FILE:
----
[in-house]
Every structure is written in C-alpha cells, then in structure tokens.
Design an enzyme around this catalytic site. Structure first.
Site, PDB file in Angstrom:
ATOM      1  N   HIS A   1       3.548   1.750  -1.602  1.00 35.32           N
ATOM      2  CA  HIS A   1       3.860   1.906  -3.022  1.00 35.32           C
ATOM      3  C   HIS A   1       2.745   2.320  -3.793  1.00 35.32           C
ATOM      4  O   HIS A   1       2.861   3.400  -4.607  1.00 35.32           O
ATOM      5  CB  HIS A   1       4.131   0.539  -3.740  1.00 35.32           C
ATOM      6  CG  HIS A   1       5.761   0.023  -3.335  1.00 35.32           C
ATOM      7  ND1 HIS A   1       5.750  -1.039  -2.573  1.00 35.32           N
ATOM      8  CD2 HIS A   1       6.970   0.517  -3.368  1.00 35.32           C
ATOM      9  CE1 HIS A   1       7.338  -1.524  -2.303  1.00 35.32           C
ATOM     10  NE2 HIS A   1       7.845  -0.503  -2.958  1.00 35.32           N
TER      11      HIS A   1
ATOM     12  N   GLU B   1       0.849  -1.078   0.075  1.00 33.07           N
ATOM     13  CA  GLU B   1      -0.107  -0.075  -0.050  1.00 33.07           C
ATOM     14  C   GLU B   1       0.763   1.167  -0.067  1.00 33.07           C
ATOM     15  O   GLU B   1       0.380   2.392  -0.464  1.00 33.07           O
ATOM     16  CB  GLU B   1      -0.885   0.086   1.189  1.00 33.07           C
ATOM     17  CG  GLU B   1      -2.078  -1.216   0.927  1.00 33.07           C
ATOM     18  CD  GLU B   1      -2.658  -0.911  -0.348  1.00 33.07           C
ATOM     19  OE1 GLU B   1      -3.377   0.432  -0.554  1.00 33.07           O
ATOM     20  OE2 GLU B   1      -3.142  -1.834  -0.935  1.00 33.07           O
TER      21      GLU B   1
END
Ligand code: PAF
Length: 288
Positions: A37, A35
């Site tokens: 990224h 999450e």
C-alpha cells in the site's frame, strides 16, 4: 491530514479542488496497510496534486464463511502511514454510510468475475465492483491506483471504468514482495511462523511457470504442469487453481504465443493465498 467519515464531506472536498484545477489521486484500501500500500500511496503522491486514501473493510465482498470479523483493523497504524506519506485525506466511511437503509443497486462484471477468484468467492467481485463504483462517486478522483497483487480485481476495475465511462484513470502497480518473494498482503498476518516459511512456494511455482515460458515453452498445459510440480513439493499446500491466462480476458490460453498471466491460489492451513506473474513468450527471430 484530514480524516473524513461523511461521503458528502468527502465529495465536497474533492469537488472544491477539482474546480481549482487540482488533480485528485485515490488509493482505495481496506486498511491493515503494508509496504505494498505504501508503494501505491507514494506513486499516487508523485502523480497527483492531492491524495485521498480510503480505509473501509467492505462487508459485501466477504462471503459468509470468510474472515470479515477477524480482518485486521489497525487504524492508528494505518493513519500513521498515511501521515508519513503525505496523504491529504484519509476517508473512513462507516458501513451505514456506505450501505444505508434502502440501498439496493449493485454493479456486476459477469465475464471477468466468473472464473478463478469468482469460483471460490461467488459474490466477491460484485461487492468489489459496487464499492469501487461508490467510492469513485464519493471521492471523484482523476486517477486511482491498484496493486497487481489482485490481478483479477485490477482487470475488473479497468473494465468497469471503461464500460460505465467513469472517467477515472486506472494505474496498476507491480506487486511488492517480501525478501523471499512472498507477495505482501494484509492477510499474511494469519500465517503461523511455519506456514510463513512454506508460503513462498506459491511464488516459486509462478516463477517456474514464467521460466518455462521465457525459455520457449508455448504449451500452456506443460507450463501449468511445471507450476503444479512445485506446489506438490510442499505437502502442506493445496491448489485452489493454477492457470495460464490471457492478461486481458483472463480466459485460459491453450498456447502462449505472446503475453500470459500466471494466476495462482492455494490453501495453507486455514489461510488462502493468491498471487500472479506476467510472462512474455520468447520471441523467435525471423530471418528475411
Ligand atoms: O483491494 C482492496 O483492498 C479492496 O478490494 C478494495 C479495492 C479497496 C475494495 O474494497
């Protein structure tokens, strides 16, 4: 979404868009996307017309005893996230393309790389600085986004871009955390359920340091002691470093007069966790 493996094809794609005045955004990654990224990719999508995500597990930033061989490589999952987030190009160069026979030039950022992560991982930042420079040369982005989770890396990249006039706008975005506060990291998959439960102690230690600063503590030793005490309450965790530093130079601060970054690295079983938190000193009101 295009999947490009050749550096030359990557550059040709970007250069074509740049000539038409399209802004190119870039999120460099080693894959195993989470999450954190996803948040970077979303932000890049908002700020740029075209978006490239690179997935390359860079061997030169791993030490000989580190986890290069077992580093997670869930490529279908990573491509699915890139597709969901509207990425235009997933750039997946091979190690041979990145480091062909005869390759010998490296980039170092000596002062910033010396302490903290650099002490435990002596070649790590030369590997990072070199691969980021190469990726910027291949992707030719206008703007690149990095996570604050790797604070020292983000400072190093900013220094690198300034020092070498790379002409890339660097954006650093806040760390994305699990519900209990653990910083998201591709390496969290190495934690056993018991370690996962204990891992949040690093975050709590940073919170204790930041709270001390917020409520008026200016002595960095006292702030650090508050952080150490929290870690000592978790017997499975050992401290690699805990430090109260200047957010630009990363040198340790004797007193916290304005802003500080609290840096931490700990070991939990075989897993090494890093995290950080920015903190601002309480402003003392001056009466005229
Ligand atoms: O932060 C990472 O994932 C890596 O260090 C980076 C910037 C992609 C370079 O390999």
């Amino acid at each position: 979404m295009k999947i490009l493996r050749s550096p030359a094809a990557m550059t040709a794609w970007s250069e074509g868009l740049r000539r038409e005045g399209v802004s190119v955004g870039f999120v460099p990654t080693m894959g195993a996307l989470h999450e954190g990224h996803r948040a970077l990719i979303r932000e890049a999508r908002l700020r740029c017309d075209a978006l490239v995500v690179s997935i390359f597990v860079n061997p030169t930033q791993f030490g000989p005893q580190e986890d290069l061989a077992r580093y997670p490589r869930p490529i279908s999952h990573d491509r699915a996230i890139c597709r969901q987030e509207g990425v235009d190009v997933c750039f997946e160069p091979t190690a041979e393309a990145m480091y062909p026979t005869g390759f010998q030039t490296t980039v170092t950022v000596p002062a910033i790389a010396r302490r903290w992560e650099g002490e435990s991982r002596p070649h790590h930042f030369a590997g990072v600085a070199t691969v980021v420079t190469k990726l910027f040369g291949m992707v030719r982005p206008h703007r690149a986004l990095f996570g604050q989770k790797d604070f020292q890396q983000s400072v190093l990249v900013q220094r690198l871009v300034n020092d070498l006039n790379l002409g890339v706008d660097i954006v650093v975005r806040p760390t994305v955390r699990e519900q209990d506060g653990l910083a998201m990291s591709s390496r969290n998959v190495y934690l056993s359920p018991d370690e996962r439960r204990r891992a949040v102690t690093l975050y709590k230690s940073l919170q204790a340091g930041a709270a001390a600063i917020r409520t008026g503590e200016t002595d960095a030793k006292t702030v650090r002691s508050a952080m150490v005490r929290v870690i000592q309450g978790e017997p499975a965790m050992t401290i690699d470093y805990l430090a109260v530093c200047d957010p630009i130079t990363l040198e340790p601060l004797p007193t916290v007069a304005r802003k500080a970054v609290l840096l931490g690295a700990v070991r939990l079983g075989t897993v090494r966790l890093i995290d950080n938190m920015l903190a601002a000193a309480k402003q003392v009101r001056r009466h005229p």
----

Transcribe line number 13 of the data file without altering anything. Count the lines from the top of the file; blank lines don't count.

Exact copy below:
ATOM      9  CE1 HIS A   1       7.338  -1.524  -2.303  1.00 35.32           C